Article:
College News

UW-Green Bay community restores wild rice to conserve aquatic wildlife

To improve ecosystems and strengthen coastal wetland habitats, the UW-Green Bay community help seed the lower Green Bay with wild rice.

Image By: Courtesy of Creative Commons

Now in its third year, UW-Green Bay is participating in a restoration project that seeds wild rice in various sites of the bay to improve ecosystems and strengthen coastal wetland habitats.

Enthusiastic volunteers and professionals from UW-Extension, Ducks Unlimited, U.S. Fish and Wildlife Service and Wisconsin Department of Natural Resources along with UW-Green Bay researchers and students formed a partnership to reestablish 2,000 pounds of rice.

Six conservation boats set out toward the Lower Green Bay area to spread the rice over 19 acres in hopes of germination and providing a potential food source for wildlife.

"Looking at the various biological factors that we have been measuring all summer, and comparing them between our seeded sites and see which sites are doing better," said Jane Arneson, a UW-Green Bay graduate student.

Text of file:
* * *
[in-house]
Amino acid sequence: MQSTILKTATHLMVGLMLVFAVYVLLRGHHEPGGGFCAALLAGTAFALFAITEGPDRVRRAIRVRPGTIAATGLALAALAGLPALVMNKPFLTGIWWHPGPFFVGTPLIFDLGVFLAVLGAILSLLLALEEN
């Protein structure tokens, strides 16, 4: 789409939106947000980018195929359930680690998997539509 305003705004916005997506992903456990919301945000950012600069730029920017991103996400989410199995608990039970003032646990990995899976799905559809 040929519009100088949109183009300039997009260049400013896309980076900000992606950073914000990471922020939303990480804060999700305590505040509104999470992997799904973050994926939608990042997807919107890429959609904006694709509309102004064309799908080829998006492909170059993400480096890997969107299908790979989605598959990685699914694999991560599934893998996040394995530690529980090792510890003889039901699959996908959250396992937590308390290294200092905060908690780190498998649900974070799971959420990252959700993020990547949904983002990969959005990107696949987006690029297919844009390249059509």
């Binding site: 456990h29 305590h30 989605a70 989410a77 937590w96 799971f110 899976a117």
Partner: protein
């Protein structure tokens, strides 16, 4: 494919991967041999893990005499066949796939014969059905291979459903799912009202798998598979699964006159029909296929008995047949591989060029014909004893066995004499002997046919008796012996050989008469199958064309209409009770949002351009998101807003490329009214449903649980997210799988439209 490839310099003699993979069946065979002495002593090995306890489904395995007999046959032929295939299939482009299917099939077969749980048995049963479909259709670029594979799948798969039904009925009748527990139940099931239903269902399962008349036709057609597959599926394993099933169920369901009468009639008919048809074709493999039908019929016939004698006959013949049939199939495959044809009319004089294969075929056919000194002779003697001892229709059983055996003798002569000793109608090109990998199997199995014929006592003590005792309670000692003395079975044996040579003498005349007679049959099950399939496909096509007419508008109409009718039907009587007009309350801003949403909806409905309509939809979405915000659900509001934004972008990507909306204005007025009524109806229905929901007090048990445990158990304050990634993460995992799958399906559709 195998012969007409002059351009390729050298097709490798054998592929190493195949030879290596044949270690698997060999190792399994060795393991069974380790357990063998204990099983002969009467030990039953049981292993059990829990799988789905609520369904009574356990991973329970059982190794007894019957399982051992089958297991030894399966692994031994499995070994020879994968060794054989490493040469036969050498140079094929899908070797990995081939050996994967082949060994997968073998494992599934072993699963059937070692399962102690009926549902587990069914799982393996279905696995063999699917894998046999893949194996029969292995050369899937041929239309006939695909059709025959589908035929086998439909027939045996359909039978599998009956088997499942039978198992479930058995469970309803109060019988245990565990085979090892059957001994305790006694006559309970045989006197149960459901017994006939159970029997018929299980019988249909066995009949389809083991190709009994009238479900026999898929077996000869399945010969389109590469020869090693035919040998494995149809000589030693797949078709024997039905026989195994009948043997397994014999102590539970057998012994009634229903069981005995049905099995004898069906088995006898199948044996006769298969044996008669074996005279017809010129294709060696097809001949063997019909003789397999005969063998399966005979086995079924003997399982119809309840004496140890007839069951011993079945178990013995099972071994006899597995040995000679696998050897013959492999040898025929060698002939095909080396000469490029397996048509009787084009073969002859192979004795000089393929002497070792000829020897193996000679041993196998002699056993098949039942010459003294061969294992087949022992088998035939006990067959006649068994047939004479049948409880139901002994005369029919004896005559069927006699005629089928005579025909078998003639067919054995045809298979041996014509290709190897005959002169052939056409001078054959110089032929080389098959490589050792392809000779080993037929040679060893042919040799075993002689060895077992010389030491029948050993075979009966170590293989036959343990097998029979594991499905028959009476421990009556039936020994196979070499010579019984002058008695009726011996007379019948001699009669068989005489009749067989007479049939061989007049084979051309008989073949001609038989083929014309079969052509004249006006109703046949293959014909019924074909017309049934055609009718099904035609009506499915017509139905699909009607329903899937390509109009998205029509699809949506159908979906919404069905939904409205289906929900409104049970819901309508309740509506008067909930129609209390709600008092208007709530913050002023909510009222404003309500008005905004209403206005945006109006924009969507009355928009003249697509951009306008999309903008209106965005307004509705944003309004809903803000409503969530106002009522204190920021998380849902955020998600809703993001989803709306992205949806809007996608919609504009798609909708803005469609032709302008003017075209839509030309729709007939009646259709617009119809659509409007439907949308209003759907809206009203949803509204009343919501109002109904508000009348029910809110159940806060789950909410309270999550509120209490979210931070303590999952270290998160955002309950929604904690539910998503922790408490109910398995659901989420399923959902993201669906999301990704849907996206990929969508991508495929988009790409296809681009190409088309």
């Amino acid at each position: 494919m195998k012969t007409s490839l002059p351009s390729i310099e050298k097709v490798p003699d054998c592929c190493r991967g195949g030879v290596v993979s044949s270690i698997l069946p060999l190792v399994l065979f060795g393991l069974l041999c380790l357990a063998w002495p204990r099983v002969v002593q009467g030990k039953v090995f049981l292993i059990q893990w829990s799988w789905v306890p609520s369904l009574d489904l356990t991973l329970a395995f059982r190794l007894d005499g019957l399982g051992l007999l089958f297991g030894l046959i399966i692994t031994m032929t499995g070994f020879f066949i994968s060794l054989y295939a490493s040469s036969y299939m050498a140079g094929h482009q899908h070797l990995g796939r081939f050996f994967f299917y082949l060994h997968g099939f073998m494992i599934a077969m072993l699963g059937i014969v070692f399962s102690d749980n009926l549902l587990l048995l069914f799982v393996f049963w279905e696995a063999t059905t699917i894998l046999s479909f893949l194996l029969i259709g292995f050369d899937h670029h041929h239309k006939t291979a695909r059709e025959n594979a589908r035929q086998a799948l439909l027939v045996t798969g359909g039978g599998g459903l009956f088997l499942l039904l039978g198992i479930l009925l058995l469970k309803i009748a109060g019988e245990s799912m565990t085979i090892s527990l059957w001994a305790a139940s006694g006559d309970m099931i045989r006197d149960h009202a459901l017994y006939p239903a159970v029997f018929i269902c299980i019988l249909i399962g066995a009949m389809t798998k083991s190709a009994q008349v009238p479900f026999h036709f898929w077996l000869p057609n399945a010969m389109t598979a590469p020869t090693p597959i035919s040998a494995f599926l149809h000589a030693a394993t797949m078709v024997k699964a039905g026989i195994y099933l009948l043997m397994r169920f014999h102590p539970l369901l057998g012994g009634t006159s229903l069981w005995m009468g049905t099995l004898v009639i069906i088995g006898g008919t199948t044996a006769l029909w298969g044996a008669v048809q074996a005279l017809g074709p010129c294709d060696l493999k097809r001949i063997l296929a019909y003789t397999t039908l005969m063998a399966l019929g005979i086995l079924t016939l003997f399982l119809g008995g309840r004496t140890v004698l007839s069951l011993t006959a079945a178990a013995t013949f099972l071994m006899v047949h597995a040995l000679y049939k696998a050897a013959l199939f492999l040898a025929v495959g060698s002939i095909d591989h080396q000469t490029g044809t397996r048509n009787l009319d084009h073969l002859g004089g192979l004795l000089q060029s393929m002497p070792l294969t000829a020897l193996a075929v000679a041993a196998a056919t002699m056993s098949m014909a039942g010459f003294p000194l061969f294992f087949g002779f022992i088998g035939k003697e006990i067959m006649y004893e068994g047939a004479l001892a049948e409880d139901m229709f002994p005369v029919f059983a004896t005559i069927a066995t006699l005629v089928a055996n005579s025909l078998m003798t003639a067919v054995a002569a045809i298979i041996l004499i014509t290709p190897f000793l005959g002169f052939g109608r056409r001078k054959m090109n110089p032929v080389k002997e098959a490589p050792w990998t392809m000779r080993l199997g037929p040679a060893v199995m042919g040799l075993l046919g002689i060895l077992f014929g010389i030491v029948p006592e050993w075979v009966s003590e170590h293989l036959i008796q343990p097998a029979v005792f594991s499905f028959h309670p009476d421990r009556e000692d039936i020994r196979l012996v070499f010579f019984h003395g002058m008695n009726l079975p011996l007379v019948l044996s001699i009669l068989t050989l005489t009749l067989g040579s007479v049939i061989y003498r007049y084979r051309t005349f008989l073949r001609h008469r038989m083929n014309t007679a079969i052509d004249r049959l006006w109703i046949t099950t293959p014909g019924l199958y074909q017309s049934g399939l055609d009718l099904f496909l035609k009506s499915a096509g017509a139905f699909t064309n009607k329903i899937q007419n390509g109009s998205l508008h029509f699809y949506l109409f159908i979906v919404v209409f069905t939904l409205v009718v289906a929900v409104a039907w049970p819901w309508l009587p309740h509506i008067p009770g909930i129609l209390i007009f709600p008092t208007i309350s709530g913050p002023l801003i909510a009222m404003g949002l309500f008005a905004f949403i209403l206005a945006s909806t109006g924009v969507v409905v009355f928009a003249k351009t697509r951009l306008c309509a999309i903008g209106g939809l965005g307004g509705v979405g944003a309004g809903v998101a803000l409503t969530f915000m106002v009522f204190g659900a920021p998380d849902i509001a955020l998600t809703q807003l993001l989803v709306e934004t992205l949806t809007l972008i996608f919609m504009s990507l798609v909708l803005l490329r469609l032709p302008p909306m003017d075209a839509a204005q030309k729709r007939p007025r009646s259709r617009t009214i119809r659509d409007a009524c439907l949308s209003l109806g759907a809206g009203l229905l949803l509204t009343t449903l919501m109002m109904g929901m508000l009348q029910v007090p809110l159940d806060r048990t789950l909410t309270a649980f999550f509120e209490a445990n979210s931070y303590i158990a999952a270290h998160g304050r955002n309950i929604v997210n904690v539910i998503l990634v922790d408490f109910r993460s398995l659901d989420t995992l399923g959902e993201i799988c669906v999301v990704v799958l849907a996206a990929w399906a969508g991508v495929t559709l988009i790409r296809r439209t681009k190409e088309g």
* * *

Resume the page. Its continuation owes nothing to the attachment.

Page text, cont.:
There are many aquatic species that travel to the Bay in search of food and will leave if there is nothing there for them. In an attempt to feed these fish, volunteers make the trek through 38-degree temperatures and tempestuous winds.

Wild rice serves not only a crucial food source for waterfowl and fish but also carries cultural significance within Native American traditions.

“Wild rice was dominant here at one time, it was extirpated through a whole bunch of causes from water quality issues, to invasive species. This is an effort to bring wildlife back to an environment where it once dominated,” said Brian Glenzinski, a Ducks Unlimited regional biologist.

Experts are already seeing results only after a few days into the volunteers' contributions to fall migration and ecological diversity.

"We have had some of the most challenging conditions down south. And as we move further up north on Green Bay's west shore, we get into better habitat and we're seeing success out there," Glenzinski said.

The planting will end on Nov. 9.

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